It remains to be seen whether Iraq will ever be stable enough to pay interest on loans.

Meanwhile, since we made the mess there, it is our responsibility to clean it up - don't think of it as gift money, but rather more of a "you broke it, you buy it" kind of deal.

rt said...

Too bad we can't manage those oil reserves! Any way we can wangle that out of the mess we're in over there?

t said...

That all seems like common sense when you think about it. The less wealthy and less educated are the ones that are really suffering. Why not start by helping them first.

Think of Iraq like an anthill. The worker ants feel like they don't have a place in the hill anymore. If you give them something useful to do for their hill, they will be able to start helping themselves on a day-to-day basis.

Sure, it's well and good to keep the queen (government) alive via life support, but the queen can only lead effectively if she has happy workers.

I don't mean to imply that Iraqis are insects. I just like metaphors.

Emily Stivers said...

rt - I'm afraid having the US manage Iraqi oil would cause further harm to our international image. It would appear even moreso as though we were only in it for the oil.

Getting the oil under control is crucial, but that is a long-term project. Right now, we need quick-fix solutions to put Iraqis back to work, even if only in temporary jobs, while the big stuff gets under control. Afterall, nobody can run the oil industry with insurgents bombing pipelines every two minutes!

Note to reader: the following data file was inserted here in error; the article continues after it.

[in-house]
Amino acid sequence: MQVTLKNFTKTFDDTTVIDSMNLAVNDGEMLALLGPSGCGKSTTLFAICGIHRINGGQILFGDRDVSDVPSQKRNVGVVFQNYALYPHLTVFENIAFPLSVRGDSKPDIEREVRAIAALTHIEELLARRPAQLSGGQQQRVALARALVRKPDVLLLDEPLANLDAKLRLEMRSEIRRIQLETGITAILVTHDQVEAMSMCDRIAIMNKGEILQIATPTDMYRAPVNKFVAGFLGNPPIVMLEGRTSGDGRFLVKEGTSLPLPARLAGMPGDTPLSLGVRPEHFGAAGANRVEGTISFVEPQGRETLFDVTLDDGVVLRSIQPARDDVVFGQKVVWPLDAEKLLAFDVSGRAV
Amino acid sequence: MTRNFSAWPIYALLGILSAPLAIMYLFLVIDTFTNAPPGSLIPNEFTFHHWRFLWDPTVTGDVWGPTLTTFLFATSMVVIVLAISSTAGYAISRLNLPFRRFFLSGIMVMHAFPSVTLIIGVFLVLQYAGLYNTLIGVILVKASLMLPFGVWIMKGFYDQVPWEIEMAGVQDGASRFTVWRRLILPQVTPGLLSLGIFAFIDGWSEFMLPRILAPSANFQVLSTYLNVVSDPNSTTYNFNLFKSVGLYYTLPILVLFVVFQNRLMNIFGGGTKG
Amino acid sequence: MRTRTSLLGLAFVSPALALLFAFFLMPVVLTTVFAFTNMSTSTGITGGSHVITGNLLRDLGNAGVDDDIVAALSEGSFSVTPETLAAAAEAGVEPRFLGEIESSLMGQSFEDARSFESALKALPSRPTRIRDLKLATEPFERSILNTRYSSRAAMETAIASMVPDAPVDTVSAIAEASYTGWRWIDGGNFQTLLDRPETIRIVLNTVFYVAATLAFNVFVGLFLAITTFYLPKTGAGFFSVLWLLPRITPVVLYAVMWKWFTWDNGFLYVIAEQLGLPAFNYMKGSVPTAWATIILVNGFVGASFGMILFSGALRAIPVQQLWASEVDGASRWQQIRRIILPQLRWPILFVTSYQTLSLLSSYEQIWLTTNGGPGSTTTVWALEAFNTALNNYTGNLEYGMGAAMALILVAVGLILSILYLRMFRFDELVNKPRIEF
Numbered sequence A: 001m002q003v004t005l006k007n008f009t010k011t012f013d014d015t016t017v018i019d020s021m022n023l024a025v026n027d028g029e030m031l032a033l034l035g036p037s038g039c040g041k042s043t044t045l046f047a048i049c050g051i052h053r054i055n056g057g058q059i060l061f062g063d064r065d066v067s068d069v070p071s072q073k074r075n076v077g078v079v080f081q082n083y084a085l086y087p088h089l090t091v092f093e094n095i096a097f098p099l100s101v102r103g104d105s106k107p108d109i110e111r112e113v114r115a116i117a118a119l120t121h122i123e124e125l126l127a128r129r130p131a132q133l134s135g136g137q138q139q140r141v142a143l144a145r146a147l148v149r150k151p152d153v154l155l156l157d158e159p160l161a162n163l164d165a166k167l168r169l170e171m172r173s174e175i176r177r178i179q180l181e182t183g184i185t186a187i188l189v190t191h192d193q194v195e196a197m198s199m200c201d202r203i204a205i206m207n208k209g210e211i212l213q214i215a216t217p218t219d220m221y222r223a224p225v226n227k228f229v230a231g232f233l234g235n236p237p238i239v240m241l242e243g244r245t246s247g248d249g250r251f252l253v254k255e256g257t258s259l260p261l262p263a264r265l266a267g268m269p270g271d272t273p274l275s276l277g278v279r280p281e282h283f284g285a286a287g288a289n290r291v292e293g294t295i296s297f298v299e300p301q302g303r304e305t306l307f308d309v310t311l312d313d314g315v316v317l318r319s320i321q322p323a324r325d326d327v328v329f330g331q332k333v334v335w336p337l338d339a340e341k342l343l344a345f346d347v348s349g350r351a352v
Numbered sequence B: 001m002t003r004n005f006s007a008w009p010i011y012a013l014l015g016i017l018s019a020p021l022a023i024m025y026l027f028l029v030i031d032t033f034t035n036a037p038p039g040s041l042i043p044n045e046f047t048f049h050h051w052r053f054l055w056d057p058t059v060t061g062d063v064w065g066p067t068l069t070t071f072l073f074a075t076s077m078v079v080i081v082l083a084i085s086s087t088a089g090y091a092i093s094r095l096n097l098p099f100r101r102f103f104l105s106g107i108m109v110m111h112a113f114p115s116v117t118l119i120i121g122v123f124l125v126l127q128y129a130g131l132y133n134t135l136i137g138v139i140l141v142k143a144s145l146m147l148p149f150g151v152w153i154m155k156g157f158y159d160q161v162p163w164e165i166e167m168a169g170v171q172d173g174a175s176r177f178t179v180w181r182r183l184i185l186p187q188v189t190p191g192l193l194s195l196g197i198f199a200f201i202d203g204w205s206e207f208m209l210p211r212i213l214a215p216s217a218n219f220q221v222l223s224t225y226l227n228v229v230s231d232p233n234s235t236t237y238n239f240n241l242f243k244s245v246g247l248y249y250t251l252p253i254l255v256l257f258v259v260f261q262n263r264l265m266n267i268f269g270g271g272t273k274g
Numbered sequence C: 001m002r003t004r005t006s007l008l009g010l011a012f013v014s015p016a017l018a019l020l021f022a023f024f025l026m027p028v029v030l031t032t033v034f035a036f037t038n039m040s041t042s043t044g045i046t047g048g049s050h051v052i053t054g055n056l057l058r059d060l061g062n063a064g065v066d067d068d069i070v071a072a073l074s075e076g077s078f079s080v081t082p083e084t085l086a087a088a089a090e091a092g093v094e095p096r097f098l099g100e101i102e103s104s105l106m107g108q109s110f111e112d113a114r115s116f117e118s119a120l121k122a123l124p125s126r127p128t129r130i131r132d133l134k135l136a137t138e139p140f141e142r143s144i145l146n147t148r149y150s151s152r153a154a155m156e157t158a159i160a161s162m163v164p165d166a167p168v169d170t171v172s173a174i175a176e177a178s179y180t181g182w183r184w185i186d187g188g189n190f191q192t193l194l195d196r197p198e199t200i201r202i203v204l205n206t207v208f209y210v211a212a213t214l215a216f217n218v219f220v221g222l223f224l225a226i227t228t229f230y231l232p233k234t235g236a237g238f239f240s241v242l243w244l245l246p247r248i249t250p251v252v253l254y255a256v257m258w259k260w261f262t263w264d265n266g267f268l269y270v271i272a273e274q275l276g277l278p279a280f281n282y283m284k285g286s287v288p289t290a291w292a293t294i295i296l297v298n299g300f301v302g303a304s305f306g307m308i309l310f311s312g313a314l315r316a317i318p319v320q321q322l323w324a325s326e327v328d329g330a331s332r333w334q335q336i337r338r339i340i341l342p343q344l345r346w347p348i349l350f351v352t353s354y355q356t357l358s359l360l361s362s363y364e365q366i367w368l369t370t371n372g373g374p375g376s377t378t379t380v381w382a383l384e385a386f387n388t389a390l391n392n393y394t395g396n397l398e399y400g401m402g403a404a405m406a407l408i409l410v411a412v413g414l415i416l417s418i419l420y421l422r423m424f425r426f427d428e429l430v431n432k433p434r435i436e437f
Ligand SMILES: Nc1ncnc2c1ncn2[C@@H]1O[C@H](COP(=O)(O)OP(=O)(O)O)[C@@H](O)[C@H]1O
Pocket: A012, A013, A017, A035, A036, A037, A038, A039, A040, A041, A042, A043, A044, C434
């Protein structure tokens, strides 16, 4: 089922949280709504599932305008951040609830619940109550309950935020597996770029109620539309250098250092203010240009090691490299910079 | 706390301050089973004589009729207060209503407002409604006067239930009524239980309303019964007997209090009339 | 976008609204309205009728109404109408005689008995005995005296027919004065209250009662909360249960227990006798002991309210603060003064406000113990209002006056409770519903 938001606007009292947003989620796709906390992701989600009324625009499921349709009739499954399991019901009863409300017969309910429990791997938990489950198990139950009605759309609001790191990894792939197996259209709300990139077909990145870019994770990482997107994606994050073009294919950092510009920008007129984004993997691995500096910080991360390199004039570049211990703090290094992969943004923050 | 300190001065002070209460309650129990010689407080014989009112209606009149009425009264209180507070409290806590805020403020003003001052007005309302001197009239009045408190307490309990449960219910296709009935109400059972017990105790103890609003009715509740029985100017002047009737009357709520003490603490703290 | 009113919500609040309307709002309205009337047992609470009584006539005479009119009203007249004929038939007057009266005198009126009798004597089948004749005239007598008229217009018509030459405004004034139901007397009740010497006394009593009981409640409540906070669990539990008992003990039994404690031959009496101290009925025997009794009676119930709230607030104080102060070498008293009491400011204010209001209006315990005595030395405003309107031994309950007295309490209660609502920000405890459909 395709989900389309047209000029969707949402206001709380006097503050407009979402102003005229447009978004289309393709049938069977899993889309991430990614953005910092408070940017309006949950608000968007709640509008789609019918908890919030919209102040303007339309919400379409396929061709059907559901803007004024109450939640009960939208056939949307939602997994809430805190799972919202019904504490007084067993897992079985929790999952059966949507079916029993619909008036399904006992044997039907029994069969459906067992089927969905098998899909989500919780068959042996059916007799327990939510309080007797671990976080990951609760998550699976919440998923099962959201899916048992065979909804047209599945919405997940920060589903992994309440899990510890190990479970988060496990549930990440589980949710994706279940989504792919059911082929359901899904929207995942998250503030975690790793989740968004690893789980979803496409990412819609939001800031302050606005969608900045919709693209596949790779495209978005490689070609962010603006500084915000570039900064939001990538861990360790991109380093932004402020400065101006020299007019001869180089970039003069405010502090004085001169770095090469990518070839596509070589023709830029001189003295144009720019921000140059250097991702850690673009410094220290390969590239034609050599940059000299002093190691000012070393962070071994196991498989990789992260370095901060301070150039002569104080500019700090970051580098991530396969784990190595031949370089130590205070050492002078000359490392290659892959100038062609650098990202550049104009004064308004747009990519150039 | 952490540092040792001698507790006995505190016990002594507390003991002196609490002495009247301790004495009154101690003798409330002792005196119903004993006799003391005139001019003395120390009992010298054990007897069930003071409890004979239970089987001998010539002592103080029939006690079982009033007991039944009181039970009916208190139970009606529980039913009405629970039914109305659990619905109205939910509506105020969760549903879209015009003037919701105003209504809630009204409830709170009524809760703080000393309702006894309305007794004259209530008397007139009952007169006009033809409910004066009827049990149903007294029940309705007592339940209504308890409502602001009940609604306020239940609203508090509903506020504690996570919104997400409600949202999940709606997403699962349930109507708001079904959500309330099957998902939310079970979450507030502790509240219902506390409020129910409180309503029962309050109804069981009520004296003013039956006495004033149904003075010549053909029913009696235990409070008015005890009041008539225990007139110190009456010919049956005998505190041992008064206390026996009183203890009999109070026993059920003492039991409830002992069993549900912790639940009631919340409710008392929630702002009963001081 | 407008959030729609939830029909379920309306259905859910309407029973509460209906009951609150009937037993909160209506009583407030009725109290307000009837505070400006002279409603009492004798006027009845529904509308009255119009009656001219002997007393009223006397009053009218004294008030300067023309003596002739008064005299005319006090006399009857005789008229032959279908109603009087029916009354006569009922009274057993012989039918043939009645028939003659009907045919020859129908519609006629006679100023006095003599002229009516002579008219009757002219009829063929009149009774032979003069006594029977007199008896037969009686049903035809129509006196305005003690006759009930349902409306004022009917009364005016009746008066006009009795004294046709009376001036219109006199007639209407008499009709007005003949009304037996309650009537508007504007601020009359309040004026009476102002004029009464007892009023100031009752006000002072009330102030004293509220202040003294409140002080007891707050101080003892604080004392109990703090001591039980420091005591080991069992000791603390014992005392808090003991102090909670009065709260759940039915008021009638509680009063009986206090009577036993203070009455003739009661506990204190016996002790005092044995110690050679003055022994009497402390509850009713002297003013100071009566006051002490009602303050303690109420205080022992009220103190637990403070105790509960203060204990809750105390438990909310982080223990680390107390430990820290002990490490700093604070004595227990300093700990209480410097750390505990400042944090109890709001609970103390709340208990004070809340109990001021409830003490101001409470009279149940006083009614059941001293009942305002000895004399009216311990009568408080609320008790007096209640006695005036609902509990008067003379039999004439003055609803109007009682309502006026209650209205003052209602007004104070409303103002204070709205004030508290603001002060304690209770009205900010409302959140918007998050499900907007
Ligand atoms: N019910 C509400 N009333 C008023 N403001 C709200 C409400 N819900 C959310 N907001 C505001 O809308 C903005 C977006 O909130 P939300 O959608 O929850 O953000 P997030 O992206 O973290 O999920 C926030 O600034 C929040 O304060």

T - cute analogy. Only I'd say it's more as though some big, clumsy, dumb animal came and demolished the entire hill. The "worker ants" need to be put to work rebuilding it or else they'll just keep running around in a frenzy - and attacking the big dumb animal.

:P

Anonymous said...

Actually, t's analogy is very good.

Anonymous said...

Do you all do anything besides write about the problems in Iraq? Is there a plan to get yourselves and your ideas noticed?

Emily Stivers said...

Anonymous - this blog is a tool to educate legislators, the academic community and the public about realities on the ground in Iraq, and effective peacebuilding measures we can implement. We are working to increase the blog's visibility and thus the reach of our ideas.

We also do a great deal of advocacy work, meeting with Members of Congress and/or their staff members to advise them on key legislation.

We have a number of other proactive projects as well. For more information about EPIC and how we are promoting peace in Iraq, please check out our homepage at www.epic-usa.org.

Michigander said...

FYI, one of the missing troops is a soldier from Waterford, Michigan. Only 19 years old.

Emily Stivers said...

Anonymous - I am always saddened to hear about the missing troops. It is unfortunate that we can't do more to protect them, and the civilians who are so often the casualties of combat operations.